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Vive le Sun!

Multi-national printing giant Quebecor emerged as Sun Media's white knight yesterday, fending
off a hostile bid by arch-rival Torstar.
The $983-million super-deal -- $21 cash for each Sun Media share -- all but kills Torstar's plans to
control retail print advertising in Canada's largest market.
One of Canada's biggest newspaper mergers came down to a few lines scribbled on a single
sheet of paper Tuesday.
The crumpled note is a bare-bones instruction manual for putting together a new Sun Media-
Quebecor alliance, which still doesn't have a name.
"Here it is. Here is where we worked it out," said Quebecor's Charles Cavell, appointed chairman
of the new board, as he held up the paper yesterday with hen-scratched numbers and words
penned on one side.
"When we come together as a new company, we are clearly the second largest publisher in the
country," he boasted, noting National Post publisher Southam is No. 1 -- "for now."
The linkup is expected to be a powerhouse in national advertising and likely to double Sun
Media's current lineage.
Quebecor -- a global family-built business empire with 37,000 employees and stratospheric
revenues of more than $7 billion -- now owns a chain of papers, including Le Journal de Montreal,
Le Journal de Quebec, The Sherbrooke Record and The Winnipeg Sun. It buys more paper than
any other company in the world.
It could now link up with the power of Sun Media, which publishes 15 popular dailies and scores
of weeklies and runs CANOE, the country's largest online news provider.
"Together we will form the most dominant force in this country in newspapers," said Paul Godfrey,
the Sun Media CEO who will hold the same post in the newly formed publishing division.
"This is just the beginning ... we are going to continue to put the footprint of our company in other
cities, in other places," a teary-eyed Godfrey vowed, as his wife and children looked on. "This
company cannot be stopped."
As well as a likely bitter defeat for Torstar -- whose executives fired out a press release yesterday
reiterating its offer -- the script he and Cavell penned translates into a windfall for Sun Media
shareholders. Quebecor is dangling a $21 all-cash offer for outstanding Sun shares, which closed
at $20.95 yesterday.
Sun Media's board of directors has unanimously approved the offer and said it will recommend
the bid to shareholders.
Quebecor's offer is scheduled to be mailed Dec. 18 and, depending on any possible counter-
move by Torstar, could take effect in late January.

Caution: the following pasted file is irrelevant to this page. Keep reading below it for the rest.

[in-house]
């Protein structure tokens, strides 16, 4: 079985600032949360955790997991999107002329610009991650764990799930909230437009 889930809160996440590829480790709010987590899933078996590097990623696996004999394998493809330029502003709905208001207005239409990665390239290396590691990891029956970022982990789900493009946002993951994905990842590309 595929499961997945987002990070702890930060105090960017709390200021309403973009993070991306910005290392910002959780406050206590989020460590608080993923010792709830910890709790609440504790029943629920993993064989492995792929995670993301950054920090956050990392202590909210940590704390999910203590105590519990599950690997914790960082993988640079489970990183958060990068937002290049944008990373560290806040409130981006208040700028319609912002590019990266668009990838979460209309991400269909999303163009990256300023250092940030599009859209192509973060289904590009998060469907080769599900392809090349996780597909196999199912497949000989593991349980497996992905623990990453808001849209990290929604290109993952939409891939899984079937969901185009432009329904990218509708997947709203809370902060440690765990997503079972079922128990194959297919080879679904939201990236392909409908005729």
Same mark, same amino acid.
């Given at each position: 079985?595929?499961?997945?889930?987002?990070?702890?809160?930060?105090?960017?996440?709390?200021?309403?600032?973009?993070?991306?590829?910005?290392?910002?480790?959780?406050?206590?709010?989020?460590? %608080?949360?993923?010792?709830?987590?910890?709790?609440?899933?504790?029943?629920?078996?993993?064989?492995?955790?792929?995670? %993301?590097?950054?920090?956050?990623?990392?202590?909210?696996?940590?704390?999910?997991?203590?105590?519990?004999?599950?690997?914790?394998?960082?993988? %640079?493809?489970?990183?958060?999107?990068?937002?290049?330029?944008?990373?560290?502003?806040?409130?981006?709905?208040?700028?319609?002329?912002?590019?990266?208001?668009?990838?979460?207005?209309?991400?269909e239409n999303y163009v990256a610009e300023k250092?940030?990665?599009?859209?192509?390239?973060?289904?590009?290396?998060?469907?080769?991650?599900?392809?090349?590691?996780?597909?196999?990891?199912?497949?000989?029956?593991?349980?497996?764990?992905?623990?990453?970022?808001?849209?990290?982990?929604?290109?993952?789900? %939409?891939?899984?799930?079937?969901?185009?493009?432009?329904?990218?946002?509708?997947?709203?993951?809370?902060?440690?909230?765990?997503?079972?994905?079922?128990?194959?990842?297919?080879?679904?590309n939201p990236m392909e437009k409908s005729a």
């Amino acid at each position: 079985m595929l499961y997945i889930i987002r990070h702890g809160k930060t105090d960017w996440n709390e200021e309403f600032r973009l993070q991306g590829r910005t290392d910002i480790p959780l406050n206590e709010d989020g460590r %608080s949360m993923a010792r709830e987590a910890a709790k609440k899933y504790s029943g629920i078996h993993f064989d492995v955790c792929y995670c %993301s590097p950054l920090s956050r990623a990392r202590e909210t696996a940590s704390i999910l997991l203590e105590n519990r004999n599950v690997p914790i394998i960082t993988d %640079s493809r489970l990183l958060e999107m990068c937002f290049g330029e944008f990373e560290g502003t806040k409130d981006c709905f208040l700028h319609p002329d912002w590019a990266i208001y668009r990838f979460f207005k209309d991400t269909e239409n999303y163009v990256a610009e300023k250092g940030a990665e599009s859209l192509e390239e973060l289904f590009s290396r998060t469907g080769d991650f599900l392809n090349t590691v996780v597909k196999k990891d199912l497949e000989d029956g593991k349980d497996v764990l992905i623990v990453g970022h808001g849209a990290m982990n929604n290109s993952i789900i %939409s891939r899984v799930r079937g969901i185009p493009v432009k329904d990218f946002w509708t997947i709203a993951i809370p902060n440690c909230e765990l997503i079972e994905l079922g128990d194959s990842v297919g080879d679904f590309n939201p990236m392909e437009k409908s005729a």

Quebecor has already lined up enough stock to kill the Torstar takeover -- almost 45% -- and Sun
Media officials have promised not to negotiate with any other bidder.
In fact, insiders say it was Torstar's peculiar strategy of increasing its bid Monday that finally
sealed the deal with Quebecor.
"It was the dumbest move Torstar could ever make. It amazed us," said one high-ranking official
involved in the Quebecor alliance, which, 11 days ago, was falling apart.
"There's no doubt the Torstar bid made this deal come together quicker," Godfrey said.
On Monday, Torstar upped its offer to buy out its most dynamic competitor. That plan included
$14.75 cash and 1/4 of a Torstar class B share for each Sun Media common share.
Yesterday's announcement at Sun Media headquarters was greeted with the enthusiasm of a
Stanley Cup winning goal.
"To our white knights," Godfrey said, toasting Cavell, his counterpart at Quebecor Printing Inc., as
well as Pierre Karl Peladeau, executive vice-president at Quebecor Printing Inc. and the son of
the late Quebec publishing giant, Pierre Peladeau -- a man whom Sun columnists all but
demonized when he tried to buy their chain two years ago.
At that time, Godfrey beat out the Montreal-based multinational by leading a management-led
buyout of Sun Media.
Now, Godfrey, drained from long days of negotiations, said Sun Media actually began talking with
Quebecor a day before Torstar "turned everything upside down" on Oct. 28 by making its initial
$748-million hostile bid.
Godfrey said he holds no ill-will toward Star brass, though the takeover bid took the shape of a
very personal battle. "They saw a great asset here. They wanted to be more like us,
unfortunately, we didn't want to be more like them."
He said it's easy to understand the change of heart when it comes to Quebecor. "A couple years
ago ... we wanted to try to grab all the loose ends ourselves," Godfrey told staff.
"We didn't know who was out there and who wasn't ... and we put a team together. When you put
a team together, anyone who lines up against you are your opponents."
Peladeau, saying his father understood the emotional columns written against him two years ago,
now believes the time is right for the two companies to exist under one roof.
"Today is a great day for Canada. It's a great day for both organizations," he said.
Peladeau said both Sun Media and Quebecor mirror one another in vision and work ethic.
"The only difference, for the moment, is we've been able to (beat) the broadsheet in the different
markets," he noted.
"We intend to grow the tabloid business because we believe it's a very good business."
Sun Media VP Trudy Eagan, a 24-year employee, said of the three weeks of talks with Quebecor:
"We love this company. We were determined to keep it intact."
"We're going to have a circulation that outruns any broadsheet in any market we're in," Cavell
said. "We're going to run a company that's efficient and good news for the investor."